- Define an order in which they do their work. If the daily homework is math, spelling, and reading, then try to do the assignments in that same order every day. This helps your child learn to independently transition from one assignment to the next with less structuring from you.
- Ask your child to start by writing a checklist of work that needs to be done. That way, the list of things to do and the order in which to do them is established. Children can then monitor their own progress through the list. It can be very rewarding to check things off and to see the items dwindle down with each check.
- Build in refreshing breaks. It’s hard for anyone to work straight through for an hour or more. A 5-minute break between subjects or once every 20-30 minutes is ideal. The goal is to energize the body and the brain. Spurts of physical activity, time outside, listening to music, or conversing with a parent or sibling can help a child return to their homework with renewed focus.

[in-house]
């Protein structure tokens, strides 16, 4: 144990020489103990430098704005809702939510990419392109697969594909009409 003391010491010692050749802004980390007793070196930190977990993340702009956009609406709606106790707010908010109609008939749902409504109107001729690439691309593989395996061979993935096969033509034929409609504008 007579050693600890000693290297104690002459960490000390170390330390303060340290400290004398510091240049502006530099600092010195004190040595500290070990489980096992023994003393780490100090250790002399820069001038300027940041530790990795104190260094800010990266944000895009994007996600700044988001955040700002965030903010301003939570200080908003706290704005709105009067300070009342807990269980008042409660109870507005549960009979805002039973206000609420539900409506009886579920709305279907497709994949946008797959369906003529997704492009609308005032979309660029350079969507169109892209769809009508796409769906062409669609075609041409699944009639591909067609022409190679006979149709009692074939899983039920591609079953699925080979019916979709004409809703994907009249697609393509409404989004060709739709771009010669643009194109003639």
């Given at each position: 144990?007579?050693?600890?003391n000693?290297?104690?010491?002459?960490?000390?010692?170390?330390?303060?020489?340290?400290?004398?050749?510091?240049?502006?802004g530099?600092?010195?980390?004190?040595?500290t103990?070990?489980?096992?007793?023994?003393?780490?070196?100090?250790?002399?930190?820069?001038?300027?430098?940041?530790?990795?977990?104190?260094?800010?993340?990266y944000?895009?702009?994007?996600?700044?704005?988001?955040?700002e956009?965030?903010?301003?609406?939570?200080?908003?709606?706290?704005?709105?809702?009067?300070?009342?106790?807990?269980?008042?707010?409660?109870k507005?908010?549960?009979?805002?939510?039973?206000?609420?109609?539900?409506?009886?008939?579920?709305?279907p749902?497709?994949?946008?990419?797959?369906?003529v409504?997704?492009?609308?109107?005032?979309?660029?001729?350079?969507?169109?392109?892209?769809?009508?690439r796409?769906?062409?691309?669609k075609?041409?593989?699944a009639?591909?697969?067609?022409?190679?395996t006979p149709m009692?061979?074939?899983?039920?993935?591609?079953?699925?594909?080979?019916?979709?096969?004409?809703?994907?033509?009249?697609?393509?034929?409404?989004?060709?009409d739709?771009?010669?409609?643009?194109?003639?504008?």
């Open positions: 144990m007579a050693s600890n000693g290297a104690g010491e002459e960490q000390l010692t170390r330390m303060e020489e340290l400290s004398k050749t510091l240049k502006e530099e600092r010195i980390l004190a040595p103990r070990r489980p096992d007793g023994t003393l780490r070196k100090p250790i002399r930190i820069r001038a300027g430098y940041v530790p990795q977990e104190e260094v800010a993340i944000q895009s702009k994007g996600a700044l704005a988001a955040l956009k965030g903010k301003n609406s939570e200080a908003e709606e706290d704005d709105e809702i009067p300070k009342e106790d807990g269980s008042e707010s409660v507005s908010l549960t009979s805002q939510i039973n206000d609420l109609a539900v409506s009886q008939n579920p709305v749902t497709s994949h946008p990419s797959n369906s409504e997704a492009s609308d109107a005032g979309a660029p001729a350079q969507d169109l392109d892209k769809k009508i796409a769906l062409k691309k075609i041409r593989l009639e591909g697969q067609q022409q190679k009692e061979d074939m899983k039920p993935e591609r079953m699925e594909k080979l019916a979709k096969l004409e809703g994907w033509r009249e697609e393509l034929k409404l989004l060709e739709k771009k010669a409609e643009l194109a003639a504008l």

Establishing these habits will take more support and structure from parents at the start. There may be struggles or arguments at the beginning, but maintaining consistency with the plan (don’t cave in or give up!) will help reduce those struggles over time.
So…now you’re ready to guide your child toward their own success. Ready for more tips from Dr. Lengua? Check out this video on mindful parenting from her presentation with Dr. Kerns at the Center for Child and Family Well-Being:
Do you have any helpful homework tips of your own? Please share below.